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The Mac App Store guidelines say you can't use private APIs.

I'm toying with an app that modifies a Finder setting using a terminal command setting showAllFiles to true:

defaults write com.apple.Finder AppleShowAllFiles TRUE

Is there any way to be able to submit something like this into the Mac App Store? It seems like a private API to me. My question is: is there a public equivalent?

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2 Answers 2

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I think it would depend on how you execute this command. What C/ObjC APIs are you using to execute this? There are certainly public APIs which could be used to execute this command.

However, an important thing to keep in mind is that Apple will require apps submitted to the Mac App Store to adopt their "Sandboxing" scheme starting in March 2012. Docs here:

http://developer.apple.com/library/mac/#documentation/Security/Conceptual/AppSandboxDesignGuide/AboutAppSandbox/AboutAppSandbox.html

I suspect that executing this command (even through public APIs) in a Sandboxed app will require that you declare the need for a special entitlement. More details on Entitlements here:

http://developer.apple.com/library/mac/#documentation/Miscellaneous/Reference/EntitlementKeyReference/Introduction/AboutEntitlements.html%23//apple_ref/doc/uid/TP40011195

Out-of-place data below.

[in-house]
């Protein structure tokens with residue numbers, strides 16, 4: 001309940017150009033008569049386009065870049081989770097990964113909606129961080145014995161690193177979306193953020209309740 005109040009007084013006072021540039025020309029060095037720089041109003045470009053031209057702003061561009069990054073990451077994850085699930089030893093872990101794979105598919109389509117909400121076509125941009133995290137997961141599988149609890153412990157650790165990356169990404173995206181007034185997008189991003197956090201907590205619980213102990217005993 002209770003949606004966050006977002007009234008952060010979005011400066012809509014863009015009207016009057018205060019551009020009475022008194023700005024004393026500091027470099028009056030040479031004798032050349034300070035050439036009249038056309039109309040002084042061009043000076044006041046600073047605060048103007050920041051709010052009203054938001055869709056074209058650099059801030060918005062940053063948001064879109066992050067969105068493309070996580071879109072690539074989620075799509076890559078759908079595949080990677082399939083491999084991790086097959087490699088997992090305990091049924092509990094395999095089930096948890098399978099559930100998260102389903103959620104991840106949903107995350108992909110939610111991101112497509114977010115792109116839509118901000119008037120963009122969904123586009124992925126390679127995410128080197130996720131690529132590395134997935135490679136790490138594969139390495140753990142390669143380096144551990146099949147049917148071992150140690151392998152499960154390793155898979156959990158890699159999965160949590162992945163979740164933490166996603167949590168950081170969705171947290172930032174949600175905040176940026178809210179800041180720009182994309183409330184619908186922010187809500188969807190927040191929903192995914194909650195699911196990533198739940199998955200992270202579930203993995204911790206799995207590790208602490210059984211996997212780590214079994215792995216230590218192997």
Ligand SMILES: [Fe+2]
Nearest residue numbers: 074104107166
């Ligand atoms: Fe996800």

Specifically, I think you might need this "temporary entitlement":

com.apple.security.temporary-exception.files.home-relative-path.read-write

as I believe writing user defaults of an app like Finder would entail writing to a file on disk under the user's home dir:

~/Library/Preferences/com.apple.finder.plist
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I just found this thread: devforums.apple.com/message/514928#514928, so I'm not sure the App store would even approve such an entitlement - thanks though! –  user1017624 Nov 6 '11 at 19:20
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I would also keep in mind the fact that humans at Apple will review your app. If your app alters the preferences of another app (especially an essential one from Apple like Finder), while not necessarily verboten, it will likely draw their attention and may lead to rejection. –  Todd Ditchendorf Nov 6 '11 at 19:22

I assume you tried to use NSUserDefaults and found it has no real capacity to alter settings for other applications. Fortunately for you, the CFPreferences API exists for this sort of purpose and can modify settings under any bundle identifier.

That said, the actual settings of other applications are implementation details private to those applications; even though you're not using a tool/API that's undocumented, you're making changes to another process, and that may fall afoul of the App Store rules.

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Except that NSUserDefaults can be used to read and modify settings of other applications. CF does have a cleaner API IMO, though. –  Bavarious Nov 6 '11 at 21:02
    
It can be used that way in a broad sense, yes, but it's not designed for it. CFPreferences is. –  Jonathan Grynspan Nov 6 '11 at 21:56

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